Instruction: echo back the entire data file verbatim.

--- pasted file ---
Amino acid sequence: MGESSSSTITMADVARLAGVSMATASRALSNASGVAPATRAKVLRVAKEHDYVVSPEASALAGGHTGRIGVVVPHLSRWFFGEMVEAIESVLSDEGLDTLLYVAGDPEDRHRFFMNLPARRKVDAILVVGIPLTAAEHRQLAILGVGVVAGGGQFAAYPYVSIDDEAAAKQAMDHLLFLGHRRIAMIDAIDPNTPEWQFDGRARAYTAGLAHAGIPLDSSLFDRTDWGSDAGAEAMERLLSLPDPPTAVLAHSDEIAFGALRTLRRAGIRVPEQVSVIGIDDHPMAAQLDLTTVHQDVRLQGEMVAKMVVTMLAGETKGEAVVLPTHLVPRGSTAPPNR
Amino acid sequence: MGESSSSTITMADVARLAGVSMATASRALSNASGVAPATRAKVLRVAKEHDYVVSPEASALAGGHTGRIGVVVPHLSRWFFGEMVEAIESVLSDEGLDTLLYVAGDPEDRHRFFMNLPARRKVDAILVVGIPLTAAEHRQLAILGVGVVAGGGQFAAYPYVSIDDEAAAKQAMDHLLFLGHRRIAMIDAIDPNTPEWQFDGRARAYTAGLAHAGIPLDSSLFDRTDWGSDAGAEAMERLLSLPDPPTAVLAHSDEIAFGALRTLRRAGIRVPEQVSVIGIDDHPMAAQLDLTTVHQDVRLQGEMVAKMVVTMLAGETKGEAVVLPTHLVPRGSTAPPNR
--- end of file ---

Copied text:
Amino acid sequence: MGESSSSTITMADVARLAGVSMATASRALSNASGVAPATRAKVLRVAKEHDYVVSPEASALAGGHTGRIGVVVPHLSRWFFGEMVEAIESVLSDEGLDTLLYVAGDPEDRHRFFMNLPARRKVDAILVVGIPLTAAEHRQLAILGVGVVAGGGQFAAYPYVSIDDEAAAKQAMDHLLFLGHRRIAMIDAIDPNTPEWQFDGRARAYTAGLAHAGIPLDSSLFDRTDWGSDAGAEAMERLLSLPDPPTAVLAHSDEIAFGALRTLRRAGIRVPEQVSVIGIDDHPMAAQLDLTTVHQDVRLQGEMVAKMVVTMLAGETKGEAVVLPTHLVPRGSTAPPNR
Amino acid sequence: MGESSSSTITMADVARLAGVSMATASRALSNASGVAPATRAKVLRVAKEHDYVVSPEASALAGGHTGRIGVVVPHLSRWFFGEMVEAIESVLSDEGLDTLLYVAGDPEDRHRFFMNLPARRKVDAILVVGIPLTAAEHRQLAILGVGVVAGGGQFAAYPYVSIDDEAAAKQAMDHLLFLGHRRIAMIDAIDPNTPEWQFDGRARAYTAGLAHAGIPLDSSLFDRTDWGSDAGAEAMERLLSLPDPPTAVLAHSDEIAFGALRTLRRAGIRVPEQVSVIGIDDHPMAAQLDLTTVHQDVRLQGEMVAKMVVTMLAGETKGEAVVLPTHLVPRGSTAPPNR